On top of the underfunding, community members expressed concern about the allocation of resources in the metro area. For instance, one educator asked, “How are we going to protect our bilingual resources for those folks that actually need them now that we’re seeing the rise of literally gentrifying bilingual programs?” She noted that shifting demographics in the city often leave resources in the hands of student populations that were not necessarily their intended target, resources that could potentially benefit newcomer students.

Preparing Teachers

Several community members speculated that without proper training and additional resources, the exodus of teachers from the classroom will escalate due to the additional task of teaching many students who do not share a common language. As one current educator noted, “What you’re asking all teachers to do starts in new teacher training and making sure that it’s not separate. We always have conversations about what these best practices are for multilingual students and us not thinking about it like it’s wrapped, it’s not separate. You shouldn’t be going to a different session, it’s the same thing. Rethinking how we’ve been doing training for teachers is critical right now.” One former educator noted that part of the problem is that training is implemented in such a way that it doesn’t make clear to teachers how to best navigate multilingual classrooms. A current educator noted that, in his experience, professional development training sessions often involve being presented with so much information so quickly that it is not digestible and therefore not particularly useful. As he put it, “when you go to these trainings it feels like it’s just so much information coming at you, you just be like ‘I’m shutting down.’”

One former educator noted that, at times, teacher training has the unintended consequence of making it more difficult for teachers to respond well in the classroom. She said, “teachers are looking for that silver bullet and they forget to look inside themselves. Sometimes I feel like we’re doing to our teachers what we’re doing to our students. We’re not thinking about what are their gifts? What are their assets that you have that you already bring to the class and let’s expand. Let’s go from there.” There are no simple solutions for managing a classroom of any kind, let alone one that contains the complex dynamics that many classrooms in the metro area are soon to experience. However, holding space for teachers to explore how they can use their strengths to improve upon or invent novel strategies may allow for the teachers to develop the expertise and flexibility necessary to contend with novel challenges.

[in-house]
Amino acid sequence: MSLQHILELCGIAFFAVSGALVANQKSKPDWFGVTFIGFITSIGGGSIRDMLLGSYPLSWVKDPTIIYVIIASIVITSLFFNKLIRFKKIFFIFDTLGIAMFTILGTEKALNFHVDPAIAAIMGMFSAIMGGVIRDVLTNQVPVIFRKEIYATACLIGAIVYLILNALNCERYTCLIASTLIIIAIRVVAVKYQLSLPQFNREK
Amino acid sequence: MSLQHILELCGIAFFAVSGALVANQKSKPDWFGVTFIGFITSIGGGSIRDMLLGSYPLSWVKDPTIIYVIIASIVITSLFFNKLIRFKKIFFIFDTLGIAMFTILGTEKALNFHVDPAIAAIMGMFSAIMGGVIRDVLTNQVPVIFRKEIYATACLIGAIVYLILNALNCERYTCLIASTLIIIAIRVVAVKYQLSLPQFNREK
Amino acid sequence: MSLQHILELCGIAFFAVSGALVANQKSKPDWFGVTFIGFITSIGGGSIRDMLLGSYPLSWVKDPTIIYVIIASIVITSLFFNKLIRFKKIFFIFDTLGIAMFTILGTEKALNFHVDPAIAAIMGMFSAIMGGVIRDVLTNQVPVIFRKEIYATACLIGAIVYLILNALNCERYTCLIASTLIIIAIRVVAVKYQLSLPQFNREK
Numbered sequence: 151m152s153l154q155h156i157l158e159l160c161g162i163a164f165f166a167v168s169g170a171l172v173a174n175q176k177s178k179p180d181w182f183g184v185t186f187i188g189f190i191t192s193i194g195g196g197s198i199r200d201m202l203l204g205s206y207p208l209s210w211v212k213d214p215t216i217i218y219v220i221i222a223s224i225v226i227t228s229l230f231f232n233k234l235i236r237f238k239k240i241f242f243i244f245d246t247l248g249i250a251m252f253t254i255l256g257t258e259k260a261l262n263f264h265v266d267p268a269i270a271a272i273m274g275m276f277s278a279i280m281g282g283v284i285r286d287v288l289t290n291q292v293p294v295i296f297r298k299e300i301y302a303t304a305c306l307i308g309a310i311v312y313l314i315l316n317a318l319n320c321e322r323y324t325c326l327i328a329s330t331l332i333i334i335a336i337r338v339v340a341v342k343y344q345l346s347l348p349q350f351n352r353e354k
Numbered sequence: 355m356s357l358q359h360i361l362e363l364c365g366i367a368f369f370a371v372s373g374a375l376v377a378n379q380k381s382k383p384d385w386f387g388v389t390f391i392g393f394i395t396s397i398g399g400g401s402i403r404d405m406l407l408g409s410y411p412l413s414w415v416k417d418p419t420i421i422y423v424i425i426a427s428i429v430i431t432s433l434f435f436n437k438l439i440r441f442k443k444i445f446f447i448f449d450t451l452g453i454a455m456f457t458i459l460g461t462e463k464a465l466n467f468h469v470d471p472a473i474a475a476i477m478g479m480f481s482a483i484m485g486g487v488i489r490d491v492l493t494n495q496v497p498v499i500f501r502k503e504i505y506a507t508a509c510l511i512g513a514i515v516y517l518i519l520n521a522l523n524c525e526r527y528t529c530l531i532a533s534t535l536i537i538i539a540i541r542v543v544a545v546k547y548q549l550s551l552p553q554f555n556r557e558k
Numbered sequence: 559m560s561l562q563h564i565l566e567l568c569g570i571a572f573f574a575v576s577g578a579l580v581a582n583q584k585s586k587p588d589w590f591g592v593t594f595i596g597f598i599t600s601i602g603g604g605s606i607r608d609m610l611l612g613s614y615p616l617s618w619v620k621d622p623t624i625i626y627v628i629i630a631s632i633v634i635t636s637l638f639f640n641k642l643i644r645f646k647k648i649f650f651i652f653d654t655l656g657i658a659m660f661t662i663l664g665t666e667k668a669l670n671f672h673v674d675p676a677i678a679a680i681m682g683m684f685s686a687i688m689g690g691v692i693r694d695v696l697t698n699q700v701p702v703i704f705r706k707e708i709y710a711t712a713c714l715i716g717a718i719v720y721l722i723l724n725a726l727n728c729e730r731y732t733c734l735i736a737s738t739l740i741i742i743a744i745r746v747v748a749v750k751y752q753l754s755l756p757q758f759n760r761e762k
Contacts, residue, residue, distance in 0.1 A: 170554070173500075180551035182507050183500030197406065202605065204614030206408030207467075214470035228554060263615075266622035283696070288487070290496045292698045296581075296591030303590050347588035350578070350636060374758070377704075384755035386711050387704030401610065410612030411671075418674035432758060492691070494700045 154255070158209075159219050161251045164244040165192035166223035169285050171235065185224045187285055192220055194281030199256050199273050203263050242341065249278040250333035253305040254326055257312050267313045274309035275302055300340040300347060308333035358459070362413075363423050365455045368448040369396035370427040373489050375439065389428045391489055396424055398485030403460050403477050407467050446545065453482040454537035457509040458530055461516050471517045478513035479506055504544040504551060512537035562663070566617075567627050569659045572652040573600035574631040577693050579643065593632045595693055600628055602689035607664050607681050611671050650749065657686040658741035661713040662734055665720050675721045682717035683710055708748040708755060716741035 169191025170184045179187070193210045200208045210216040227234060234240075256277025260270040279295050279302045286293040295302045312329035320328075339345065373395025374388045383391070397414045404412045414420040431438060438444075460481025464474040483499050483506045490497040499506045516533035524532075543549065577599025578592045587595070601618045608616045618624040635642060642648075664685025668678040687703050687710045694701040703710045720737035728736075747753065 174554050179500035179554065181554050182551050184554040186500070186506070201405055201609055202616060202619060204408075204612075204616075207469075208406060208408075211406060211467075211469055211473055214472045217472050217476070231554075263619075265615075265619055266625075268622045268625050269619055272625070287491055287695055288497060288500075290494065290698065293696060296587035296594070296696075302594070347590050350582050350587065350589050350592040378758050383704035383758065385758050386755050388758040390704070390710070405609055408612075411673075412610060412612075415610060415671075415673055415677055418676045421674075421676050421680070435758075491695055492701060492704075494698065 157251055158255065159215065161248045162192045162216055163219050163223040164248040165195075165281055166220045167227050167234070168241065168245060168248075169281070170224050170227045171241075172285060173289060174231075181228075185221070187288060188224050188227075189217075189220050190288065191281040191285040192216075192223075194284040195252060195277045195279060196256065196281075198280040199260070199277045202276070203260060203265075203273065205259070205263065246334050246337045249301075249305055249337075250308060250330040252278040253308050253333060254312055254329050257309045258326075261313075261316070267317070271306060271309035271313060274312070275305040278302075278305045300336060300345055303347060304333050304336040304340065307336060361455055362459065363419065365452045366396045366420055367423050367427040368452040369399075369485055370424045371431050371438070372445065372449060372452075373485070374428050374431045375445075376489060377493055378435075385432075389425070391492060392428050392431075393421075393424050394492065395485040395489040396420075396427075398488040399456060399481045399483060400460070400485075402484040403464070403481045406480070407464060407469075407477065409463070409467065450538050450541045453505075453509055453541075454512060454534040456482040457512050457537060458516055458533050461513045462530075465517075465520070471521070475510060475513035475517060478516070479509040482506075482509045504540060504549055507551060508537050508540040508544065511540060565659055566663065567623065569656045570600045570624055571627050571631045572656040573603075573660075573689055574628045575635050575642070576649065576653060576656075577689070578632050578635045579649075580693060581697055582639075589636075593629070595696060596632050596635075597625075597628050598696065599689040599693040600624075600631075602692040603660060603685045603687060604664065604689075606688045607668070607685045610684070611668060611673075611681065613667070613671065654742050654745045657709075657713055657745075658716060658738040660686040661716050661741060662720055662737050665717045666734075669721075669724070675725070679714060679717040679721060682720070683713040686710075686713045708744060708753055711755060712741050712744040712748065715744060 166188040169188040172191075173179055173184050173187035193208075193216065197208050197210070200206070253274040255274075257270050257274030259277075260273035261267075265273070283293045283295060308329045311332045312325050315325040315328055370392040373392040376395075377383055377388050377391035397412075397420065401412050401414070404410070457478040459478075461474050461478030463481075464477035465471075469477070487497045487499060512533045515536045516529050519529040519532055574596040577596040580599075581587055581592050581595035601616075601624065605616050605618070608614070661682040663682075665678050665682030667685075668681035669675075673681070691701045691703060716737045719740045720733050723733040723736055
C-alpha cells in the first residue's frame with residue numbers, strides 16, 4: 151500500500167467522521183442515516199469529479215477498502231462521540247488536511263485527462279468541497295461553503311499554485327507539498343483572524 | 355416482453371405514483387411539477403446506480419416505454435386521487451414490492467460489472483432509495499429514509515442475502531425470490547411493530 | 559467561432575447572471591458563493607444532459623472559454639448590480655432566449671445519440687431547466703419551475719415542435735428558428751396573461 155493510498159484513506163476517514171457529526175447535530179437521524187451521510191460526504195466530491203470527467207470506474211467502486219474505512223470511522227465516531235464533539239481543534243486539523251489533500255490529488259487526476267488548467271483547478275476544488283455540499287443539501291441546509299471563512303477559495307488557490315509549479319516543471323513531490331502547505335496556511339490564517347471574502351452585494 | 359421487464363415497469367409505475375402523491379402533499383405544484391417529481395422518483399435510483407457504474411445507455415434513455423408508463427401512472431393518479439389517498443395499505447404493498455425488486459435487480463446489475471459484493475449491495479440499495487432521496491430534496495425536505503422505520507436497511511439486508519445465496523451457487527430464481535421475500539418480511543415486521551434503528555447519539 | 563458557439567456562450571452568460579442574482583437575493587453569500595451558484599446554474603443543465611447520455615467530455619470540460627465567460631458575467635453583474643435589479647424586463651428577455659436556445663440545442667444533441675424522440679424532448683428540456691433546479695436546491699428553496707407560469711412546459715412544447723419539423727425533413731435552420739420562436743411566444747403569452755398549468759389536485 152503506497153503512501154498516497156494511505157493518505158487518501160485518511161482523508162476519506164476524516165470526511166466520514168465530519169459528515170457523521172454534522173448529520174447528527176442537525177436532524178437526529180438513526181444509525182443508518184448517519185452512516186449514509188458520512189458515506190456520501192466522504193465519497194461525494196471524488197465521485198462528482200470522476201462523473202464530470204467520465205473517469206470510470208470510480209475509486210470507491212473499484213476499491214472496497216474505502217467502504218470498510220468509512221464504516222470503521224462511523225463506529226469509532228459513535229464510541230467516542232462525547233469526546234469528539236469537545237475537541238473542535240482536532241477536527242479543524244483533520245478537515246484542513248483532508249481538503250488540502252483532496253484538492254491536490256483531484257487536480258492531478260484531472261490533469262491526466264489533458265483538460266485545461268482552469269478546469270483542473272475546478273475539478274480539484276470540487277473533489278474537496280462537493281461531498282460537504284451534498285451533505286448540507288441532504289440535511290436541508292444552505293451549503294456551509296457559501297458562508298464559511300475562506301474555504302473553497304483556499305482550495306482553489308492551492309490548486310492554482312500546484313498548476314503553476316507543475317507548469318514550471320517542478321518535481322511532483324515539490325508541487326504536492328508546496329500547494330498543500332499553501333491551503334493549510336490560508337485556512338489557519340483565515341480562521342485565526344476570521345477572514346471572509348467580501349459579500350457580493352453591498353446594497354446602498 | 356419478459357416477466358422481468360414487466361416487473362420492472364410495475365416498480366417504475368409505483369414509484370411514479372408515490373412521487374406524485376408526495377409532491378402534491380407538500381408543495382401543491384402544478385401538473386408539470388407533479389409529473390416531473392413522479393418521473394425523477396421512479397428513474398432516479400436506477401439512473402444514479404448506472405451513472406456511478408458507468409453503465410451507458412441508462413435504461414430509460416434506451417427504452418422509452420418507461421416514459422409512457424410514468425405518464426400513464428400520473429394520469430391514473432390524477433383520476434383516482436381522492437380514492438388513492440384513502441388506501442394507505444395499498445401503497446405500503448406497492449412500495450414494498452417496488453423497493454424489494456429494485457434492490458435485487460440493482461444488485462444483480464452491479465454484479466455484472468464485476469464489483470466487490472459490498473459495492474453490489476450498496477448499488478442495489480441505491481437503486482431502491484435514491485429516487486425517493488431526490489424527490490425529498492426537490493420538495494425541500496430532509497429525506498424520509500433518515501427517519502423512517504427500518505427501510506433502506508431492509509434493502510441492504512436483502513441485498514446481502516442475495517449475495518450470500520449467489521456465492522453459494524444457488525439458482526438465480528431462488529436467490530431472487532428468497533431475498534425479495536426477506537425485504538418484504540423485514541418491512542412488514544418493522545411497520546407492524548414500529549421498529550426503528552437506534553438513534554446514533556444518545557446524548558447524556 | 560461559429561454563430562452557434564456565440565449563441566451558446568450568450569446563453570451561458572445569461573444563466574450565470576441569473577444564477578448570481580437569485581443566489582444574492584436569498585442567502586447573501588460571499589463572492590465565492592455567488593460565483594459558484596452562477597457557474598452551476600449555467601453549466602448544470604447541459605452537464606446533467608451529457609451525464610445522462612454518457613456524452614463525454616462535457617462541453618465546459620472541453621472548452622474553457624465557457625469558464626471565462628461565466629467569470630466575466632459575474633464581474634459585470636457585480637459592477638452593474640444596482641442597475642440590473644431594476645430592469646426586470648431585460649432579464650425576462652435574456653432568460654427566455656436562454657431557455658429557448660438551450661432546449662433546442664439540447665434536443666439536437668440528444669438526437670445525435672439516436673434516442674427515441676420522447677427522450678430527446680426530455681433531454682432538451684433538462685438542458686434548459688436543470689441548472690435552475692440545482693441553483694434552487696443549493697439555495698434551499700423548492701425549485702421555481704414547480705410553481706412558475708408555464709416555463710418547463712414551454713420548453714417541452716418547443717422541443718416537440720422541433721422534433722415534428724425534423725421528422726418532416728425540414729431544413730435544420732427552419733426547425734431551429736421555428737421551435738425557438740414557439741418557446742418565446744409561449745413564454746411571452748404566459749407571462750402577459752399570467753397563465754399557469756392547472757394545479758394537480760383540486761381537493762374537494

In the Classroom

Frankly, teaching in a classroom where students speak multiple languages is no easy task. One APS educator noted that there was a steep learning curve in his experience as  a young teacher, even though the linguistic diversity in his classroom came nearly exclusively from Spanish-speaking students at the time. He noted that he eventually developed strategies like utilizing gestures, symbols and modeling to communicate when he couldn’t rely on oral instructions. Because he taught music, which he believes is a sort of universal language, he felt that he had an easier time teaching without necessarily sharing language with his students than many other teachers. He pointed out that much of his success can be attributed to trusting his intuitive feeling that the most important aspect of the classroom is its relational component. As he put it, “speaking as a teacher, my biggest thing is relationships. I want them to feel included. They are in a new environment. They’re scared. Chances are they don’t speak the same language.”

Another community member who had spent many years working in education noted that one complicating element of the recent influx of migrants is the proliferation of students who speak many languages in the classroom. Navigating this dynamic will put additional pressures on teachers, many of whom suggest they are already at max capacity in terms of managing the classroom. As he put it “if you’ve got 200 languages, what do you even do? especially without enough resources, it’s asking teachers to do one more thing and figure out how to navigate multiple languages in your classroom.”

Schools in the Denver metro area will be in the unique position of accommodating a significant portion of students who have recently arrived in the country. Doing so will require patience, innovation and an investment. Perhaps most importantly, school districts will have to put faculty and staff in a position to meet the demands of the moment and ensure that students have access to what they need to receive an education. As community members noted, in order to create an environment which is conducive to quality education, there will have to be an abundance of individuals within schools who are equipped to handle what is an interesting and developing situation regarding the rapid influx of migrant students. As one community member summarized it,  “we’ve seen our state grow in its need. Right now we’re short on teachers, for example. We need those that have the passion and the education to be able to come back to our classrooms and teach our next generation.”